9 Texas Inventions We (Mostly) Couldn’t Live Without

9 Texas Inventions We (Mostly) Couldn’t Live Without

Our state has a long legacy of inventors. Here are just a few of the Texas innovations that you may have in your fridge, in your pocket, or even in your body.

Dr Pepper

Inventor: Charles Alderton
Waco, Texas ★ 1885

Charles Alderton was a pharmacist in Waco when he came up with the formula for Dr Pepper by mixing various syrups into a pleasing new creation. The owner of the pharmacy, Wade Morrison, reportedly named the beverage after the father of a girl he once loved. Previously marketed as the “King of Beverages,” Dr Pepper stands as the oldest major soft drink brand in the country. Today, you can visit a recreation of Alderton’s soda fountain at Waco’s Dr Pepper Museum & Free Enterprise Institute.

Improved Electrical Resistors For Pacemakers

Inventor: Otis Boykin
Dallas, Texas ★ 1950s-1960s

We can thank Otis Boykin for the reliable, low-cost resistors used today in countless devices, from computers to TVs to missiles. Born and raised in Dallas, Boykin patented his breakthrough inventions while in Chicago, but once a Texan, always a Texan. Perhaps the most notable use of his resistor was in the first implantable pacemaker devices—something you definitely want reliability in. Boykin earned a total of 25 US patents, with his other inventions including an anti-theft cash register and a chemical air filter.

Pumpable Nacho Cheese

Inventor: Frank Liberto
San Antonio, Texas ★ 1976

Frank Liberto earned the designation
“Father of Nachos” thanks to his creation of the gooey, pumpable cheese sauce now served by the gallon at theaters and stadiums across the globe. Liberto didn’t invent nachos—that honor belongs to Ignacio “Nacho” Anaya of Piedras Negras, Mexico—but he did create a shelf-stable cheese product first served to hungry Texas Rangers fans at Arlington Stadium in 1976. The concession nacho exploded in popularity soon after. (In fact, a man was arrested in 1983 for trying to steal Liberto’s trade secrets.) Liberto’s San Antonio-based Ricos Products Co. is still doing business today in 57 countries.

Silicone Breast Implants

Inventors: Frank Gerow and Thomas Cronlin
Houston, Texas ★ 1962

According to legend, the idea for the silicone breast implant was sparked when Houston’s Dr. Frank Gerow felt a blood-filled plastic bag and noted that it reminded him of a certain body part. Along with colleague Dr. Thomas Cronin, Gerow developed the idea into breast augmentation with silicone implants. They soon recruited Houstonite mother of six Timmie Jean Lindsey to undergo the first such procedure (they agreed to pin back Lindsey’s ears while they were at it). Today, Lindsey still lives outside Houston—and has her original implants.

Handheld Calculator

Inventors: Jack Kilby & Team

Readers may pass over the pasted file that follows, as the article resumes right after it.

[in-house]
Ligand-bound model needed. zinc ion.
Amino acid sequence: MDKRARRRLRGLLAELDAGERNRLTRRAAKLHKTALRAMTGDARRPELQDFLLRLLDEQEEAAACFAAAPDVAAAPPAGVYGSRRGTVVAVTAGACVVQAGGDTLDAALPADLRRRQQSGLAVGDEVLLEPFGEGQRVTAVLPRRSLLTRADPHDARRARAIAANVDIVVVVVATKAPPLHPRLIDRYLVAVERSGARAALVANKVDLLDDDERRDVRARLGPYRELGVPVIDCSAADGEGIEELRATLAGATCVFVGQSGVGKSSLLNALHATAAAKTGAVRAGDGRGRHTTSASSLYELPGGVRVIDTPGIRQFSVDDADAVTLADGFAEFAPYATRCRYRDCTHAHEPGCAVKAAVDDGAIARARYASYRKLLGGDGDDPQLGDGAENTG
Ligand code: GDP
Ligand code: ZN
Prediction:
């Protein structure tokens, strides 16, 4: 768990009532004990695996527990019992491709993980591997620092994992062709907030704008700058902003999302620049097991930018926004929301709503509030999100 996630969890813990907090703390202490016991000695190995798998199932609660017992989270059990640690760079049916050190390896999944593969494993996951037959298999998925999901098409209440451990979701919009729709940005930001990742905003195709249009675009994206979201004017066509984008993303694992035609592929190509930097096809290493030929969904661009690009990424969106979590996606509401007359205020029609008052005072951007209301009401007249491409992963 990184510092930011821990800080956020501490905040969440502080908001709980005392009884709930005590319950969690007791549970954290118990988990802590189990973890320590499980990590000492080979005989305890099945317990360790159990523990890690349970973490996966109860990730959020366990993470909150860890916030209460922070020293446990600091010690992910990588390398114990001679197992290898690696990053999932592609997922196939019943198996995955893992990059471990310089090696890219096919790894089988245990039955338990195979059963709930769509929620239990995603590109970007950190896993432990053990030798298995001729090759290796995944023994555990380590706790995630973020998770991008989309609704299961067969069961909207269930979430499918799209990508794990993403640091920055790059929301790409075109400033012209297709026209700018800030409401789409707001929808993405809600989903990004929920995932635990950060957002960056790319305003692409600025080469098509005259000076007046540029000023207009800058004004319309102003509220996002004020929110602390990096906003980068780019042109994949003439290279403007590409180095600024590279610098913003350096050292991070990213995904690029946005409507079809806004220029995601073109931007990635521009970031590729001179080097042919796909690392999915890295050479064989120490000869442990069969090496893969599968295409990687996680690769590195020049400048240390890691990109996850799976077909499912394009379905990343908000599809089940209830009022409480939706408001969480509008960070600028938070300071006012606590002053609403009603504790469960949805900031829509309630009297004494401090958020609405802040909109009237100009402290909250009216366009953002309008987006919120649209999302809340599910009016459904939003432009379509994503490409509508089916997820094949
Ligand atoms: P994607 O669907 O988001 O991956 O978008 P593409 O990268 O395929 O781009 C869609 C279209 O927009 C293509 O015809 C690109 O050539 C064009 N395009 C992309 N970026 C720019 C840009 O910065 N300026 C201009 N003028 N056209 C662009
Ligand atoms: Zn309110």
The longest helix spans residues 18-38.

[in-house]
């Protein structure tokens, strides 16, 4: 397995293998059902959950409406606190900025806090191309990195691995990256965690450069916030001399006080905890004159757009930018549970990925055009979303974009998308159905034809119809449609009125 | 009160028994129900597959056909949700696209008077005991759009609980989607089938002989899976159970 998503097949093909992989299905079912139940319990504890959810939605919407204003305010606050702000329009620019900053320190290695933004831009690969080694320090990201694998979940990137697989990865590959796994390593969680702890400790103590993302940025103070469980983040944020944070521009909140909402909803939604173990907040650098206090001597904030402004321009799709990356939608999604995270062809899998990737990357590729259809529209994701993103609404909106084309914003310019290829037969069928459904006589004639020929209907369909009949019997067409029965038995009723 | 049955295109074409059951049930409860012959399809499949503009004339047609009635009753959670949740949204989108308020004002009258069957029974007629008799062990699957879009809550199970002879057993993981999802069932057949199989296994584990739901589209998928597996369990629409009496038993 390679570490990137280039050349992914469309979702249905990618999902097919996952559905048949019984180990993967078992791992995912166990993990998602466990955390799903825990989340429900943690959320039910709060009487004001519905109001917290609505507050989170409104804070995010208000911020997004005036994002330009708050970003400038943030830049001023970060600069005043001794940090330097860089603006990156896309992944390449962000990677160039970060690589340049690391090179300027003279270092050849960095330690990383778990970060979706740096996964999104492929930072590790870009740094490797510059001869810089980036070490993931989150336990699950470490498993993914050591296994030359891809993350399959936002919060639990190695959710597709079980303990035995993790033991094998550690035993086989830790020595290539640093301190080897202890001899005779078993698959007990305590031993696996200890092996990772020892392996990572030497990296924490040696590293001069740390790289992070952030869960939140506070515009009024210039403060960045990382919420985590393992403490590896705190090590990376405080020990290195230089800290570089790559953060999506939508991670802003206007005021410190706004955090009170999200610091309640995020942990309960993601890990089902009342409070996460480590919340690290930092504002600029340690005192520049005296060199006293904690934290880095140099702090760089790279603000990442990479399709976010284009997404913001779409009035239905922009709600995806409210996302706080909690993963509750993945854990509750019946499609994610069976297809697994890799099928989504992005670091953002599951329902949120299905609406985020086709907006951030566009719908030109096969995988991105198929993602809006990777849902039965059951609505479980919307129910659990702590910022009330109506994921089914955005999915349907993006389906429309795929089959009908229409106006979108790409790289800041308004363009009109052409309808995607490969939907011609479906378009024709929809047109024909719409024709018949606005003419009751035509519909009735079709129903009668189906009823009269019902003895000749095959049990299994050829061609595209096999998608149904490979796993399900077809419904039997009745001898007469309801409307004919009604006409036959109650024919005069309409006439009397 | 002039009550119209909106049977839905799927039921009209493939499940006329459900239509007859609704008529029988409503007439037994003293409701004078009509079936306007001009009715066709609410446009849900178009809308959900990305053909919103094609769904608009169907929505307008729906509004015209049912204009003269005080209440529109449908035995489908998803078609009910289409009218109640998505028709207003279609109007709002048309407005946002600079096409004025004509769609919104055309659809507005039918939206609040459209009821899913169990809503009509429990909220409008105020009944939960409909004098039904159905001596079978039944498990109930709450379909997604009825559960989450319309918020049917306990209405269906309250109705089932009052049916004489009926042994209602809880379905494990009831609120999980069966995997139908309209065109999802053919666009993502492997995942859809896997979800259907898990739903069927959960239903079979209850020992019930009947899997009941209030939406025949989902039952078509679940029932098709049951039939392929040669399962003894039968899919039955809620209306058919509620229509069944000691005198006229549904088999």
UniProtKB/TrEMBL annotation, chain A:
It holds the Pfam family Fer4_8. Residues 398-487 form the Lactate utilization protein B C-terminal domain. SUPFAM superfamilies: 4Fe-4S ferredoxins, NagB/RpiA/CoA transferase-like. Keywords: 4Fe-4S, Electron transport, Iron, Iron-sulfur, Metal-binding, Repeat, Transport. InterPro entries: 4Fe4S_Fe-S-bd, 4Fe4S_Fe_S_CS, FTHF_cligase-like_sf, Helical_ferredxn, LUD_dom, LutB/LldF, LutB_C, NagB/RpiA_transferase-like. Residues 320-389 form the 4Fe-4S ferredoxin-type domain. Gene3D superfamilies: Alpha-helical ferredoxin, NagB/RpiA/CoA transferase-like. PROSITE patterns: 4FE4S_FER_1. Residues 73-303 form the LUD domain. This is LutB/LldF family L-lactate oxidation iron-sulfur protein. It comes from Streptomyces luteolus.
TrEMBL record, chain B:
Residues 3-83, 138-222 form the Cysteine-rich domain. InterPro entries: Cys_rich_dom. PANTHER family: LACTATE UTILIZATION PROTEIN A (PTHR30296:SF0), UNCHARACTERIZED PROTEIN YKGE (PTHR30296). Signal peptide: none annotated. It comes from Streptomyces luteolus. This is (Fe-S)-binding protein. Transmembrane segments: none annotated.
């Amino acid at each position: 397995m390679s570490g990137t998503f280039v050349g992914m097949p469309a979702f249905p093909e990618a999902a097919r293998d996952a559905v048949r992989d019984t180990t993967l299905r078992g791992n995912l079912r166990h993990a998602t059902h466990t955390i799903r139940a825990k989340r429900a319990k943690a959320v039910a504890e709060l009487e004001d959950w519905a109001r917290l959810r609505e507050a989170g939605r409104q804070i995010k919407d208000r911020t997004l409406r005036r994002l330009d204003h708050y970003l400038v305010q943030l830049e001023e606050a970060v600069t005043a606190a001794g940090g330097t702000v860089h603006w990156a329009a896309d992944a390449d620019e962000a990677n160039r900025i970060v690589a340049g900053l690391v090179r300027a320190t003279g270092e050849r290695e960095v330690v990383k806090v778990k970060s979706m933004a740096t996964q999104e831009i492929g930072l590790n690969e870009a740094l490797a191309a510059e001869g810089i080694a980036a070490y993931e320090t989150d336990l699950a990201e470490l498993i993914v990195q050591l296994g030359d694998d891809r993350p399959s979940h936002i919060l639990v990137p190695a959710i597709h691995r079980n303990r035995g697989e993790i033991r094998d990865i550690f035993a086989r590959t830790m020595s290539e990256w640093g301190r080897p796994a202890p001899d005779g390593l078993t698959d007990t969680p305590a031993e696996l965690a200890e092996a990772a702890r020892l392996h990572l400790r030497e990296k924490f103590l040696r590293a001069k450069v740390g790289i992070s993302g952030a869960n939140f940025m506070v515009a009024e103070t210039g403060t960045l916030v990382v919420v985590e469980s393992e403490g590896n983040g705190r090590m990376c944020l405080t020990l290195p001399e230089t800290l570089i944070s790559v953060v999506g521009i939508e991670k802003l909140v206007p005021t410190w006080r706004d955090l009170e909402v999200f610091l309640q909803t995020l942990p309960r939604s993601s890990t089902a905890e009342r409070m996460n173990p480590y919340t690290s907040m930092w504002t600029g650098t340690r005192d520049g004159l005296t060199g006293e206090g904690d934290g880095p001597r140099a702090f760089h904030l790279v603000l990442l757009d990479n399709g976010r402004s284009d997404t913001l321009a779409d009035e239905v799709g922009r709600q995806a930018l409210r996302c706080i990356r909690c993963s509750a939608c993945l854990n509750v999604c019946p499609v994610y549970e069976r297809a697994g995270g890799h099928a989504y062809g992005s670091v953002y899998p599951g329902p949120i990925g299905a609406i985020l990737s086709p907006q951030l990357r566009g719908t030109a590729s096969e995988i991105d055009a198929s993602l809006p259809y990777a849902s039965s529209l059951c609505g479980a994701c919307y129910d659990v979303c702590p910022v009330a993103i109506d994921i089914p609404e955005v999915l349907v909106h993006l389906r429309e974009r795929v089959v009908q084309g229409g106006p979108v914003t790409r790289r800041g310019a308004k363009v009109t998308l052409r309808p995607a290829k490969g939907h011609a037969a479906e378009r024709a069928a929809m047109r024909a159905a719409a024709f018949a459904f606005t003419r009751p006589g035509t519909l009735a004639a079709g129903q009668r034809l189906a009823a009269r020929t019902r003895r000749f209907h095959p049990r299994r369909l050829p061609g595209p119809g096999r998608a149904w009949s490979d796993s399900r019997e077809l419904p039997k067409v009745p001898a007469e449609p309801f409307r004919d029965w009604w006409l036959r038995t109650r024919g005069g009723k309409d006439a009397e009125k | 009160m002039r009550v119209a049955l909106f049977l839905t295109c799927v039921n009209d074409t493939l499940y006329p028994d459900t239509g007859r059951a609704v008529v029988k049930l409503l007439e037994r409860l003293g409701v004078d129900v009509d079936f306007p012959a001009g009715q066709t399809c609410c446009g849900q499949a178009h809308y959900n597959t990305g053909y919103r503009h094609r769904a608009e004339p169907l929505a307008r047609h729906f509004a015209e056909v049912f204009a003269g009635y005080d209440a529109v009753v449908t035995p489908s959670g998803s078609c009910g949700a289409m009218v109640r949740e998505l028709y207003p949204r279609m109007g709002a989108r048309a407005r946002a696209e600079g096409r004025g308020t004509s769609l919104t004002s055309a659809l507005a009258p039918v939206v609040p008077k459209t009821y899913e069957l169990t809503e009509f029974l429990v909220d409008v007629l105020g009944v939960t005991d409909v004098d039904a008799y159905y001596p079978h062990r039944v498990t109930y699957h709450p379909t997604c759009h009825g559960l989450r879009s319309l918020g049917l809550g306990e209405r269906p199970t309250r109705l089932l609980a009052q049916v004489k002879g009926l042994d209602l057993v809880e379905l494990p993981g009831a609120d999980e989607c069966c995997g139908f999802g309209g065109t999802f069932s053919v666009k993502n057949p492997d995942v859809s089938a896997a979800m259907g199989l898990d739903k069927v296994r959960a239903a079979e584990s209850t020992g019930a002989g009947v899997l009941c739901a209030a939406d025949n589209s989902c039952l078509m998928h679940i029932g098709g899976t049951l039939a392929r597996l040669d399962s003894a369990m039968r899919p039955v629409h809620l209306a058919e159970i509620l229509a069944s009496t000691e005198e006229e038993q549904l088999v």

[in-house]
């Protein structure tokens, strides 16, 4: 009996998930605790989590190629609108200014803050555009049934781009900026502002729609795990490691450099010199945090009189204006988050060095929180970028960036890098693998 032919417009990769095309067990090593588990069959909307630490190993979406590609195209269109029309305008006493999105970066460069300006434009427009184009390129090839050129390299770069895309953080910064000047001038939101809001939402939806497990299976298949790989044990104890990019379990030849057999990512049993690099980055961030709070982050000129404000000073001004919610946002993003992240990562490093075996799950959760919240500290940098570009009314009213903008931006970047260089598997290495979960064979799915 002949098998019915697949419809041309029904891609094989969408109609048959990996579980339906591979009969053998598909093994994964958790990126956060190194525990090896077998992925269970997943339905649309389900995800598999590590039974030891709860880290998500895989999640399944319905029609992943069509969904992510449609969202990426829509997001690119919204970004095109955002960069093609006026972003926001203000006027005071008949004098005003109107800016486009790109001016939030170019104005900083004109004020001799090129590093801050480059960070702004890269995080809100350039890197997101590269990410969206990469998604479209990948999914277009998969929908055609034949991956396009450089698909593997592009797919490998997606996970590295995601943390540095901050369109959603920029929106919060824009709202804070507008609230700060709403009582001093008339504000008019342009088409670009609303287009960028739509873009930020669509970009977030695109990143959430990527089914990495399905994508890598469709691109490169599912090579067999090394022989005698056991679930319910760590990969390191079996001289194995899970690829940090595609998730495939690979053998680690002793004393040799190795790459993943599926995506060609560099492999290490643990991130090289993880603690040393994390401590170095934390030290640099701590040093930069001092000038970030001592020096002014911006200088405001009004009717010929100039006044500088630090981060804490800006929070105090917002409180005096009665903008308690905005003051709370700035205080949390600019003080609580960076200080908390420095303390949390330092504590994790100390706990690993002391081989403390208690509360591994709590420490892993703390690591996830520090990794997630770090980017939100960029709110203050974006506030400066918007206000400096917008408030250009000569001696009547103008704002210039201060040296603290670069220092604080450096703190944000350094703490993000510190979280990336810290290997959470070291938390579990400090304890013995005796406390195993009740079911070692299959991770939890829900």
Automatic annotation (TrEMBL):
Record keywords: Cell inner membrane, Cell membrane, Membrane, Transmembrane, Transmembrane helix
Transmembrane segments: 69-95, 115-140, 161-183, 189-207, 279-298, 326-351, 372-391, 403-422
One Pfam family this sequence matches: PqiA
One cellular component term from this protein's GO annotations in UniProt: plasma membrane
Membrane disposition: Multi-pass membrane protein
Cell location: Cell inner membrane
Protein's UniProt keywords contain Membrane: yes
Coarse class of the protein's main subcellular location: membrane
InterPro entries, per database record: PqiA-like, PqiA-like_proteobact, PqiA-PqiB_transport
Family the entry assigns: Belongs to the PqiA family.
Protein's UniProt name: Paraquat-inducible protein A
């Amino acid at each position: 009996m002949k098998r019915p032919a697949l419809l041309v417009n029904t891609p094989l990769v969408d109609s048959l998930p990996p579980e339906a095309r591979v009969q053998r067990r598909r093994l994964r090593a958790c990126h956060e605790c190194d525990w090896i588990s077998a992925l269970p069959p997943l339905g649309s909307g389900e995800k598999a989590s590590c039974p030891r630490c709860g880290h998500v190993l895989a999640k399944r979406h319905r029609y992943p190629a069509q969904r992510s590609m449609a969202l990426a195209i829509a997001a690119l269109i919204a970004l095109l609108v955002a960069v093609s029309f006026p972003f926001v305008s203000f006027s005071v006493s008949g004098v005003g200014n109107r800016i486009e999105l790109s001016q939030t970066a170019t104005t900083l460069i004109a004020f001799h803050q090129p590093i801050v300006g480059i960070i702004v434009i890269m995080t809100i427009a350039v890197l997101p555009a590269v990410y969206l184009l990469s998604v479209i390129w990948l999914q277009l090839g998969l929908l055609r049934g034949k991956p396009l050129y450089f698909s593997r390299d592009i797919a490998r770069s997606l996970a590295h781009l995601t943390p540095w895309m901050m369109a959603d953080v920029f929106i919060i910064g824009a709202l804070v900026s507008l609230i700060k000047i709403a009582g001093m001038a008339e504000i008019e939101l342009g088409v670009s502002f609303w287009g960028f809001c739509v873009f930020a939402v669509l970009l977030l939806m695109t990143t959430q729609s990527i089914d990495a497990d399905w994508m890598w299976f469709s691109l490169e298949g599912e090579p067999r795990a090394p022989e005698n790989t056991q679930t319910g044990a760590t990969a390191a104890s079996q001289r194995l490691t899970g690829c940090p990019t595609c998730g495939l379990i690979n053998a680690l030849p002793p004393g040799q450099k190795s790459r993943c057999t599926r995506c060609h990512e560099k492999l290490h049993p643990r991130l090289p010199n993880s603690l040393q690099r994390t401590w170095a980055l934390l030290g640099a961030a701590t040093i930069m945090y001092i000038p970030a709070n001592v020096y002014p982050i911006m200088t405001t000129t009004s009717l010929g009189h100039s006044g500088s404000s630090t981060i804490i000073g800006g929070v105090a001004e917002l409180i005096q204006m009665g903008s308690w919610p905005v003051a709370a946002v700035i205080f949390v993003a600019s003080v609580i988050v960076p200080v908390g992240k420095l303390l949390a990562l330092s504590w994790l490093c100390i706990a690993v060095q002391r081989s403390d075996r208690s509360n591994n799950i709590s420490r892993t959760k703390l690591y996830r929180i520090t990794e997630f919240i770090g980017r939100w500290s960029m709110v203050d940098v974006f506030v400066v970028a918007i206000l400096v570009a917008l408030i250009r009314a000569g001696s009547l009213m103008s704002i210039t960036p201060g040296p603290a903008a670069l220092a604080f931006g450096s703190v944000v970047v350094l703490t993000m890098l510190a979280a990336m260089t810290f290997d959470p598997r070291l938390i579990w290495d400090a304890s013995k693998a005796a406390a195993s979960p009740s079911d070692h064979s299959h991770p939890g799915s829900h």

Dallas, Texas ★ 1967

Starting in the 1950s, Texas Instruments employee Jack Kilby pioneered the integrated circuit, which would help kick off a revolution in complex—and increasingly smaller—electronic devices. Kilby would later win the Nobel Prize in Physics for his contribution to the integrated circuit. In 1967, a team at Texas Instruments, led by Kilby and including James Van Tassel and Jerry Merryman, introduced a new application of this technology:
a calculator that measured a mere six inches tall. (A calculator released the year before had weighed 55 pounds.) Thanks to this team, Texas Instruments was later issued master patents to portable calculators.

Liquid Paper

Inventor: Bette Nesmith
Dallas, Texas ★ 1950s

Bette Nesmith was a single mother working as a typist at Texas Bank and Trust when she hatched the idea to cover her typos with white tempera paint rather than retype whole pages. Before long, she was mixing up batches of her new “correction fluid” in her blender at home to supply her fellow secretaries. Over the next 20 years, she built a flourishing company around the miracle product, which she sold to Gillette Corporation in 1979 for $47.5 million. (Fun fact: Bette’s son, Michael, is a musician
best known as one of the Monkees.)

First Artificial Heart Transplant

Pioneer: Dr. Denton A. Cooley
Houston, Texas ★ 1969

In 1962, Dr. Denton Cooley founded the Texas Heart Institute in Houston. It was there that he would perform the first successful heart transplant in the United States and the first artificial heart transplant in a human, both in 1969. A longtime faculty member of the Baylor College of Medicine, Cooley later received the Presidential Medal of Freedom (1984) and the National Medal of Technology and Innovation (1998).

Selective Laser Sintering

Inventor: Carl Deckard
Austin, Texas ★ 1986

While an undergrad at UT Austin, Carl Deckard began developing the first iteration of selective laser sintering (SLS), a process that uses a laser to coalesce polymer powder into a predetermined solid shape—widely used in modern 3-D printing technology. In 1988, UT Austin licensed the technology. Deckard went on to commercialize SLS 3-D printing via a faculty- and student-owned UT spin-out company, DTM Corp. Deckard passed away in 2019, having earned 27 patents over his lifetime.

Frozen Margarita Machine

Inventor: Mariano Martinez
San Antonio, Texas ★ 1971

We can thank Dallas restaurateur Mariano Martinez for transforming the Texas happy hour. One day, Martinez was in a 7-Eleven (another Texas original) and saw some kids buying Slurpees. “I wonder,” he thought to himself, “if you could freeze a margarita in a Slurpee type of machine?” Indeed he could. Modifying an ice cream machine, he began serving frozen margs at Mariano’s soon thereafter. His original machine is now on display at the Smithsonian.

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